So the greatest show on earth is once again beginning to hit the headlines of the world’s cycling press. This year sees the French Grand Tour reach its 99th edition, not quite 100 but it should prove to be an exciting one none the less. This year the race organisers have chosen a route that is more suited to riders with stamina and speed rather than the climbers who have benefited from route selections littered with mountain stages in the past.
3 weeks, 21 stages and 3479km sees the riders start in the Belgium town of Liege, heading south to the Alps, then heading west to the Pyrenees and finally back up to Paris – doesn’t sound bad eh?!
Despite a route that got the hardy mountain goats grumbling there is still plenty of climbing to get your big ring stuck into. 11 in the Pyrenees, six in the Alps, four in the Swiss Jura, three in the Jura, and one in the Vosges sets the scene for plenty of pain to be dished out.
The Tour in Numbers
Ever since Mark Cavendish joined Team Sky last year cycling fans everywhere have been scratching their heads wondering what the British team’s main goals for this year’s TdF would be. Would they concentrate on Bradley and the yellow, Mark and the green or go for both at the same time?! Team Sky have now revealed that Cav will be focussing on the Olympic road race this year with the TdF used mainly as conditioning for the race in London. The Manx Missile will be on domestique duties (while trying to nab the odd win) for his team mate Bradley Wiggins who looks to be the first British rider to take top honours at the Tour.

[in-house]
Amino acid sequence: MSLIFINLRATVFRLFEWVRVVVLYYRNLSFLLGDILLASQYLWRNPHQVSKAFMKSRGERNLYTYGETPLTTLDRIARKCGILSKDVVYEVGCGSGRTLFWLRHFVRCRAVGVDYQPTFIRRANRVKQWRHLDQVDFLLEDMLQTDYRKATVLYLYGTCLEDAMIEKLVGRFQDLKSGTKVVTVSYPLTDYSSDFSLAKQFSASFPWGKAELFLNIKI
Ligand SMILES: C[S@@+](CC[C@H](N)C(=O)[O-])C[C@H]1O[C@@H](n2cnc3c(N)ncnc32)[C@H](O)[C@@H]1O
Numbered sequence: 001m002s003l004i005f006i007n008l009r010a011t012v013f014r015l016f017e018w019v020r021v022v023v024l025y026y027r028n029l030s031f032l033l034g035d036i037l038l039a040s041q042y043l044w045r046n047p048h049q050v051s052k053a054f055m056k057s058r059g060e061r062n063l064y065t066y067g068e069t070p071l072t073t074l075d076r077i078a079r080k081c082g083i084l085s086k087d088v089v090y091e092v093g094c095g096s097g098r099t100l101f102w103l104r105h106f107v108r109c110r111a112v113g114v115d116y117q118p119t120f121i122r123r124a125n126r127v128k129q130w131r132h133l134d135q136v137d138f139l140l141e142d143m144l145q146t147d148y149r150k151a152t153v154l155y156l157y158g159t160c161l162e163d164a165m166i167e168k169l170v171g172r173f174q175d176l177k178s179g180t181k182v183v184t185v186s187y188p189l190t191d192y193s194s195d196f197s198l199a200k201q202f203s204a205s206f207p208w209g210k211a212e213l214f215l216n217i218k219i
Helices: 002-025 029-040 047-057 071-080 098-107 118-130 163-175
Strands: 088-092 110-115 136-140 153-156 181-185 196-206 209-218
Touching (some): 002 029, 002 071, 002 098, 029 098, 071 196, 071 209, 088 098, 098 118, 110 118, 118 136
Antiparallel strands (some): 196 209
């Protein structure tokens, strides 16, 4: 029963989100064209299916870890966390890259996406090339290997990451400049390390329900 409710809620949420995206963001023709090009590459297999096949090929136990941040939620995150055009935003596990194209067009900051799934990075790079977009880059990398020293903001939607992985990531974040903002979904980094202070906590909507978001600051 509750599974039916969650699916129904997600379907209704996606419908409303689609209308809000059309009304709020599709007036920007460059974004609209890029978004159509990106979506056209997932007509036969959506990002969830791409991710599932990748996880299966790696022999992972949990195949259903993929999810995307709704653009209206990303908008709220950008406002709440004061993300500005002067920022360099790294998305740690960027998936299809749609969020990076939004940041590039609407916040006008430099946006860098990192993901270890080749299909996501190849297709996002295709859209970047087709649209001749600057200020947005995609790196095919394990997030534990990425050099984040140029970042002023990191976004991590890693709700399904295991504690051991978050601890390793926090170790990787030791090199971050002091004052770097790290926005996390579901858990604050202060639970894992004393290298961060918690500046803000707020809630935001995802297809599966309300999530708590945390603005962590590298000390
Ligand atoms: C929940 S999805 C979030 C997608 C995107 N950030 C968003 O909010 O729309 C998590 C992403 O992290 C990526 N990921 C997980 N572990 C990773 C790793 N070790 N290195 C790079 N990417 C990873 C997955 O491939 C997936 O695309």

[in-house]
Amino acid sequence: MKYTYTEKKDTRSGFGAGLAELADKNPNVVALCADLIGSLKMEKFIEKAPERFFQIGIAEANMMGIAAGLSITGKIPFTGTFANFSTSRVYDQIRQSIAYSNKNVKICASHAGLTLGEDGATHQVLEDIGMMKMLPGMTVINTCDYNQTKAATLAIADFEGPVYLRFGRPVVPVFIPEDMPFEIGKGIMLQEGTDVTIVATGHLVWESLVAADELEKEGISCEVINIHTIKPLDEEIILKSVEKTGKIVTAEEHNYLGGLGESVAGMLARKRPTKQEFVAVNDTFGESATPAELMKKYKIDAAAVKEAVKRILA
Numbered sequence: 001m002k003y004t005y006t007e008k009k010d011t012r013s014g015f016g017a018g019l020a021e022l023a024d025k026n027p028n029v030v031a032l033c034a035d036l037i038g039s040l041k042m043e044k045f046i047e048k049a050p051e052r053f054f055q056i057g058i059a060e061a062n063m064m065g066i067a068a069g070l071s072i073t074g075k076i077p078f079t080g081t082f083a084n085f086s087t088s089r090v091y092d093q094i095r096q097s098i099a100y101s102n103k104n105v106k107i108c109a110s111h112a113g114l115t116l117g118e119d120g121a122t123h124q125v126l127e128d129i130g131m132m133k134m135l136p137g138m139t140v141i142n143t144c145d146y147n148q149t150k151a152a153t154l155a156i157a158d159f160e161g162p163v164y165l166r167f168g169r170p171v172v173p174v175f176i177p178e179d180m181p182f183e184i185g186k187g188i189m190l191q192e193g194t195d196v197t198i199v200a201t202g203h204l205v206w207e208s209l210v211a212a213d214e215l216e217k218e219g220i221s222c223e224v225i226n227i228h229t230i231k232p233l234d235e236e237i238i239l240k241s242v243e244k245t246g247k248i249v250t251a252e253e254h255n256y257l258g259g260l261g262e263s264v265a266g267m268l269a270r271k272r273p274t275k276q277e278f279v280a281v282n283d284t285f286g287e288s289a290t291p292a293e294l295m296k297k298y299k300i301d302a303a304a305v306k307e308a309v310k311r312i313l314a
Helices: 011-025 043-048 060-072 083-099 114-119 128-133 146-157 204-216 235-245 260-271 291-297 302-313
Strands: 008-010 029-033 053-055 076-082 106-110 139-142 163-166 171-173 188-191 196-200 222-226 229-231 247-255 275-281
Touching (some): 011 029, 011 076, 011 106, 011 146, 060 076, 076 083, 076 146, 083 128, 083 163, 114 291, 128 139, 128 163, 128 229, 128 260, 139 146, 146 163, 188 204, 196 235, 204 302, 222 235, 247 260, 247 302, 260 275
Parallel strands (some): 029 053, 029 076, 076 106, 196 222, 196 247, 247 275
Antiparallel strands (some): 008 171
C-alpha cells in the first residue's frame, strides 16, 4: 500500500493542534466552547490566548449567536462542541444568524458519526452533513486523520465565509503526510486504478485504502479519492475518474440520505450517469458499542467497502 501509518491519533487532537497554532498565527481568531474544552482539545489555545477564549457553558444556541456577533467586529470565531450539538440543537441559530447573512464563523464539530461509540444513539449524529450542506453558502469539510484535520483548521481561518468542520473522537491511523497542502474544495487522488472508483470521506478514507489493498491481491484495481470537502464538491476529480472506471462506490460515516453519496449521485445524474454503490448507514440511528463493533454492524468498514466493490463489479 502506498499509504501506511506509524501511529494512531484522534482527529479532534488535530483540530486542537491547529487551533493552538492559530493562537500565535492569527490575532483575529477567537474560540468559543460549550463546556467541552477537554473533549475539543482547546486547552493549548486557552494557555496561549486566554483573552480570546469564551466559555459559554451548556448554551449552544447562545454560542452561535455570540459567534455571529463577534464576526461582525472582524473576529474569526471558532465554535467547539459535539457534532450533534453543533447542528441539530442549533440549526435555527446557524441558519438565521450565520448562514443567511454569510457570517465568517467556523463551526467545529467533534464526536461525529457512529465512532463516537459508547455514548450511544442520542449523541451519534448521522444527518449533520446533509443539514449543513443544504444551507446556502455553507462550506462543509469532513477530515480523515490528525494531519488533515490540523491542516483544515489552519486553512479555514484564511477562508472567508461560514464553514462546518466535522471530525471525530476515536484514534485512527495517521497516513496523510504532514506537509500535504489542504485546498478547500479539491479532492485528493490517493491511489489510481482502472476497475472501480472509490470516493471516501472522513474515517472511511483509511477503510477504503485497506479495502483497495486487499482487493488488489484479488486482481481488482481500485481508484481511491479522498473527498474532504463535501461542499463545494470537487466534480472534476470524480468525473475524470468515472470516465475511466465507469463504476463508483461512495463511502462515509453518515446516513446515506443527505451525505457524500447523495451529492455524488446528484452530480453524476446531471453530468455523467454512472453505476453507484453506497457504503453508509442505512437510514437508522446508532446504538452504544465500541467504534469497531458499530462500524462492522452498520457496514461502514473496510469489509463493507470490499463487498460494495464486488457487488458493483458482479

With the Olympics taking place this year there was always going to be riders dropping out to concentrate on their own Olympic dream. Thor Hushovd made the early stages of the Tour very interesting last year with some great solo breaks proving that big riders can climb. Unfortunately the “Thor de France” will not be happening this year with the Norwegian rider spending the first half of the 2012 recovering from a virus forsaking the TdF and the Norwegian national champs to concentrate on the Olympics. Another rider who has sacked off the Tour this year is Tom Boonen who also has his sights set on gold.
One of the main stories in the run up to the Tour was Andy Schleck, a favourite in past years, dropping out of Tour contention due to a fractured pelvis which he sustained during a crash at the Criterium du Dauphine. Some say that the 100km of time trialling would have been too much for the RadioShack Nissan Trek rider who has received large amounts of criticism about his time trialling technique.
There has been several teams changing title sponsors and team names over the last few months during the run up to the Tour. Australia’s first team in the pro peloton, GreenEDGE, have now changed their name to Orica GreenEDGE after the Australian mining company came on board in early May. More recently Garmin Barracuda have had a bit of a shake up of sponsors and are now Garmin Sharp Barracuda. Officially, under UCI policy, you’re only allowed two brands in a team name so Garmin Sharp is what you will see on all ‘official’ UCI and Tour material but in most of the press it will be Garmin Sharp Barracuda. Finally Bjarne Riis and Saxo Bank welcome on board Tinkoff Bank to make Saxo Bank-Tinkoff…Bank. Not the most eloquent name in the pro peloton but does ramp up the money available to the team for the next couple of years.